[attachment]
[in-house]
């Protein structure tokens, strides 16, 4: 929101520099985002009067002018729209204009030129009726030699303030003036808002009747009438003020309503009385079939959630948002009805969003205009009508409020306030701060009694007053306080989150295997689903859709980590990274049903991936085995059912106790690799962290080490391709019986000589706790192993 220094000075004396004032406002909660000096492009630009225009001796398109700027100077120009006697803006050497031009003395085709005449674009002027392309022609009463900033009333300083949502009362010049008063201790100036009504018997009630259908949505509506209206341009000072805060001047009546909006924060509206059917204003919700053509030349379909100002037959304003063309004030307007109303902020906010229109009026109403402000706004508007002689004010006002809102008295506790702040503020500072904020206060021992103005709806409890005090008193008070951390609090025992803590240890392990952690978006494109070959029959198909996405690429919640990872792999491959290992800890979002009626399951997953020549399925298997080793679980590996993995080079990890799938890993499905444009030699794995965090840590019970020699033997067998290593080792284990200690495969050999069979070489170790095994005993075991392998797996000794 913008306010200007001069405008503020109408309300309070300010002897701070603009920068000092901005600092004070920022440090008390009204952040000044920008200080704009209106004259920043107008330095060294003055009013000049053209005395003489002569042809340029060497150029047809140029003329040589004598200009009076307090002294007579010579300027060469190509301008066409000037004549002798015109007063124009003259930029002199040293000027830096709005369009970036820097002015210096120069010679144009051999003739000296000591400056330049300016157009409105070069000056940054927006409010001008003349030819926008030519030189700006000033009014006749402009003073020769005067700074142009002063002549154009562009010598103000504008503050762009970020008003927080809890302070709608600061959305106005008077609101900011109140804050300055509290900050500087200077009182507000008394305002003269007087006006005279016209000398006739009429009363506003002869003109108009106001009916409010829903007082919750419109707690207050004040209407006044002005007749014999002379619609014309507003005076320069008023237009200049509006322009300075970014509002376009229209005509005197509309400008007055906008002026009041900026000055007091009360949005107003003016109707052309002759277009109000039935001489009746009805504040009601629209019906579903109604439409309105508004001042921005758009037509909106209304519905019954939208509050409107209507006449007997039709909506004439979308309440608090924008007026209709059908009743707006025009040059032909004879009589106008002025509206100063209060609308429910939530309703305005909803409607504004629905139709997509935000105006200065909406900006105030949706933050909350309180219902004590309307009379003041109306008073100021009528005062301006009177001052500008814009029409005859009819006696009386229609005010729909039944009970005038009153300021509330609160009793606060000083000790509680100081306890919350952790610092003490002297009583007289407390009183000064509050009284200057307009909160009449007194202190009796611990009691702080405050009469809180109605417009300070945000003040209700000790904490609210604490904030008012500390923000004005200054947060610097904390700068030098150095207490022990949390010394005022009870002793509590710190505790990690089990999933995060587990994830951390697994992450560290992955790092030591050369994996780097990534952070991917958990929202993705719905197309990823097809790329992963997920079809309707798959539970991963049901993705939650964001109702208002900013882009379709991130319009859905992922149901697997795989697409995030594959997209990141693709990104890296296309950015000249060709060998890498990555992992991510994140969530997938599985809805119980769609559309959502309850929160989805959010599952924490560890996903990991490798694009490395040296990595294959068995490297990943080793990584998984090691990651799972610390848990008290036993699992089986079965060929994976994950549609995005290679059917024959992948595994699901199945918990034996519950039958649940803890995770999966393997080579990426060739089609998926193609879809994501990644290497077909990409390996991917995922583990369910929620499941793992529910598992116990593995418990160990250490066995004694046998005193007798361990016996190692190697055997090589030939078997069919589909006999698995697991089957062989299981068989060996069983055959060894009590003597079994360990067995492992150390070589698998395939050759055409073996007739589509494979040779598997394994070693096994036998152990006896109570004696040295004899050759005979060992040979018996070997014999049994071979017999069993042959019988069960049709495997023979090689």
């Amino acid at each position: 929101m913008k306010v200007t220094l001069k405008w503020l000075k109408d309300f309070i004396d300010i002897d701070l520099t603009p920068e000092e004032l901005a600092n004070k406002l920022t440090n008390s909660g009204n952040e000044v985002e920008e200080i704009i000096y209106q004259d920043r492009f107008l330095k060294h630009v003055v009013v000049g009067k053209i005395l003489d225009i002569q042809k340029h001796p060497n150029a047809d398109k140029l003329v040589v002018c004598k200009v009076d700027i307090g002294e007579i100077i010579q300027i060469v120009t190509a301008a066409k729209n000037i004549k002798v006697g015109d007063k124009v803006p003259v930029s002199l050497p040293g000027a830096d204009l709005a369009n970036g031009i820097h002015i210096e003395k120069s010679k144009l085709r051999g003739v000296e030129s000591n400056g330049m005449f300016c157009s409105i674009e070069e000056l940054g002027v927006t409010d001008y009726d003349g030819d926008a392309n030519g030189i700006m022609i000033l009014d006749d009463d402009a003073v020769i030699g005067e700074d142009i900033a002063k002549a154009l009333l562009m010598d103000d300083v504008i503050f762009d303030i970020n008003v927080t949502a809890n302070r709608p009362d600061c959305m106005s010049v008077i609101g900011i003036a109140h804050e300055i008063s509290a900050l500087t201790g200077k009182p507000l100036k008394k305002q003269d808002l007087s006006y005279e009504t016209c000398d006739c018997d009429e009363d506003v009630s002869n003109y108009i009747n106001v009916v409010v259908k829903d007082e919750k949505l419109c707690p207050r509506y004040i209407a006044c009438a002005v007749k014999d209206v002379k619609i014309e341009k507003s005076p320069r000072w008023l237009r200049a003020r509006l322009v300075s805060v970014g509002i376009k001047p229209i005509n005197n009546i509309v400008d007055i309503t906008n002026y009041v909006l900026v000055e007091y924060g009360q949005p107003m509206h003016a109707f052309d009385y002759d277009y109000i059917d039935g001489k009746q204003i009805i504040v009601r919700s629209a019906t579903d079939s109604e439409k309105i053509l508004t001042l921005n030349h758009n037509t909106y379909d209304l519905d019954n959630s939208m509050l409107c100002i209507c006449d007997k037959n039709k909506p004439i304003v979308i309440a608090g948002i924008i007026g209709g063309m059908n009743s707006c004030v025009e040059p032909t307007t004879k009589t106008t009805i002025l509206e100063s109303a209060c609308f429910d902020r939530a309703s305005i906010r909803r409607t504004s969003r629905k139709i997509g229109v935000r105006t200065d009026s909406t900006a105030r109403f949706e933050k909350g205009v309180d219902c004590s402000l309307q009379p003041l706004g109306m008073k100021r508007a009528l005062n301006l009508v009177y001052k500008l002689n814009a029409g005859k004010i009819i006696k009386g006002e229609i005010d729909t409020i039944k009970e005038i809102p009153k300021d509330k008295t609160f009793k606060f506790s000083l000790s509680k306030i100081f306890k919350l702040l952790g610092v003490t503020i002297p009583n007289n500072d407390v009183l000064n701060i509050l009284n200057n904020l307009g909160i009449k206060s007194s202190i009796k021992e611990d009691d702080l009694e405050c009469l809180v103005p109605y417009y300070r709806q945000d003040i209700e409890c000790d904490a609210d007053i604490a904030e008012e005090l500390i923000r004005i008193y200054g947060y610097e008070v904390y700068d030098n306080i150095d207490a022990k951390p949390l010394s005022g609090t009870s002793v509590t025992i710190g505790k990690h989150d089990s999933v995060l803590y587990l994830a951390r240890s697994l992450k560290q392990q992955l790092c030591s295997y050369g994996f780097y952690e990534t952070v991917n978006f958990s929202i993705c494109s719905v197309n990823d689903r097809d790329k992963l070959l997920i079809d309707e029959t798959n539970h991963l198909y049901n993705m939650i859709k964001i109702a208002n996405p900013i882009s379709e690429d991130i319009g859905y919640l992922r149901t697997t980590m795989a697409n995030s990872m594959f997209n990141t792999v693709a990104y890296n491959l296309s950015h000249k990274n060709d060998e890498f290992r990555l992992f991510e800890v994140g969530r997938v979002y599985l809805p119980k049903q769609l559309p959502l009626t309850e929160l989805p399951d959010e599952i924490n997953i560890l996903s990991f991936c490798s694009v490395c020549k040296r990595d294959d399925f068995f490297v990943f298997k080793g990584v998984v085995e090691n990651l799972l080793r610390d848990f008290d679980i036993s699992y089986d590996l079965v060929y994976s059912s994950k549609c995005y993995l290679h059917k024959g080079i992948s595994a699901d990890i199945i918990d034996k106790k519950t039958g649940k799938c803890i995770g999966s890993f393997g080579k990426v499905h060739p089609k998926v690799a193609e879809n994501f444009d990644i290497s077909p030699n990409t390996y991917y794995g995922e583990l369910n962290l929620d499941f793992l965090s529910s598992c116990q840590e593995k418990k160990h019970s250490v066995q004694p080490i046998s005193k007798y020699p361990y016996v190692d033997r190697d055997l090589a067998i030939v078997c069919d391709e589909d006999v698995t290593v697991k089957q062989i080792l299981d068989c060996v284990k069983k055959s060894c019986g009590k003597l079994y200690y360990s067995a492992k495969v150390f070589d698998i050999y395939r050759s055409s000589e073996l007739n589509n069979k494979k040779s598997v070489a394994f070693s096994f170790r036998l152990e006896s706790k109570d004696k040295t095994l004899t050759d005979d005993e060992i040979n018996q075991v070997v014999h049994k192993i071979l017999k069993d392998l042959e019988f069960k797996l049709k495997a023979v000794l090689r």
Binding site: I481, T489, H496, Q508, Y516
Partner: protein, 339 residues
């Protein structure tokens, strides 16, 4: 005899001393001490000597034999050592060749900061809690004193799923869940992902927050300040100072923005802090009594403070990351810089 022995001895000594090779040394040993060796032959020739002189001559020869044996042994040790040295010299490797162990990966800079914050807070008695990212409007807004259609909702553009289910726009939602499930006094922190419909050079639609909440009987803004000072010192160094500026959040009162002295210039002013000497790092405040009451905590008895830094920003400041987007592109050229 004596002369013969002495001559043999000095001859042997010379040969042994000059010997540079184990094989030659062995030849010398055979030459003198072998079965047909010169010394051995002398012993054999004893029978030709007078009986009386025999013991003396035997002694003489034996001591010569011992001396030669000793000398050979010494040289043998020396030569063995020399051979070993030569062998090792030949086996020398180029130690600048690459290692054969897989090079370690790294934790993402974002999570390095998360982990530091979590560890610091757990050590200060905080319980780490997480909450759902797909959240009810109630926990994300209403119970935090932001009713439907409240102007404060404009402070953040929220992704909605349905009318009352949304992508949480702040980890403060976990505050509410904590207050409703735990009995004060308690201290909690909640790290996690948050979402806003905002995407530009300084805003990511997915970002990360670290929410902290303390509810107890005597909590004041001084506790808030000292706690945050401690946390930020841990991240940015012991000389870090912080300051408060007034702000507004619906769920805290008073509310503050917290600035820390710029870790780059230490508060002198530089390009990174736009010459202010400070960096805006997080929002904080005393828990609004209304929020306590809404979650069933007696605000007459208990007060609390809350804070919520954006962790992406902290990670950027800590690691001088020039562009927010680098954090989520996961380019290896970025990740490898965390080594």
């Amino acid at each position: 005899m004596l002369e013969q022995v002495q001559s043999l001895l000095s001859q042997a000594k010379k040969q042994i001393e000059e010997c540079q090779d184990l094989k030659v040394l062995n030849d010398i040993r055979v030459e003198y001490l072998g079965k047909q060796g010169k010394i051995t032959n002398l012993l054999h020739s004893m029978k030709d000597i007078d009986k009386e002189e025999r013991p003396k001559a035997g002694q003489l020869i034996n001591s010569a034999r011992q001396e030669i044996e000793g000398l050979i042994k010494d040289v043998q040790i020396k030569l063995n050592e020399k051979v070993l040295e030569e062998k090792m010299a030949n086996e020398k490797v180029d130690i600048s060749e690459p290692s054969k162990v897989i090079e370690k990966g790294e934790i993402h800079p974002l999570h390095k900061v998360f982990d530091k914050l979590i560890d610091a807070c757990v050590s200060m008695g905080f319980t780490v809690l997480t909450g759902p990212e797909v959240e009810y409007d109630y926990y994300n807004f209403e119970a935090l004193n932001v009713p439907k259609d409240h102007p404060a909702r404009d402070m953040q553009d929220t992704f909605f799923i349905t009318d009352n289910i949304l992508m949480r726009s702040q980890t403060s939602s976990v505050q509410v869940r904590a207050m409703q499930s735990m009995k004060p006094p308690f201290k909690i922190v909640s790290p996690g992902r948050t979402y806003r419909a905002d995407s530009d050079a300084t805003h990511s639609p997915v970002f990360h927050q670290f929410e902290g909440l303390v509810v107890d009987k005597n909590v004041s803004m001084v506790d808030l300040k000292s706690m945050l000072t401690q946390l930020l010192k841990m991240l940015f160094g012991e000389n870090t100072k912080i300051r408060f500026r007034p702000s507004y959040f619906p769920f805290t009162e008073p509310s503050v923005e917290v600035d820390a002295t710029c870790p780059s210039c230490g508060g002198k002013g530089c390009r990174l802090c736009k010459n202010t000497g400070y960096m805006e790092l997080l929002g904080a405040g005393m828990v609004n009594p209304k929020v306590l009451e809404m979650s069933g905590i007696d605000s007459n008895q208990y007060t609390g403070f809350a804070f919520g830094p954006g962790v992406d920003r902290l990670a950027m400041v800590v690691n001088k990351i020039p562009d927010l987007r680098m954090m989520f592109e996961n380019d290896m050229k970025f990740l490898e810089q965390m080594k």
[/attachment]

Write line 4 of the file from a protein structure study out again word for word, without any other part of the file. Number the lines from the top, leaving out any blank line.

Binding site: I481, T489, H496, Q508, Y516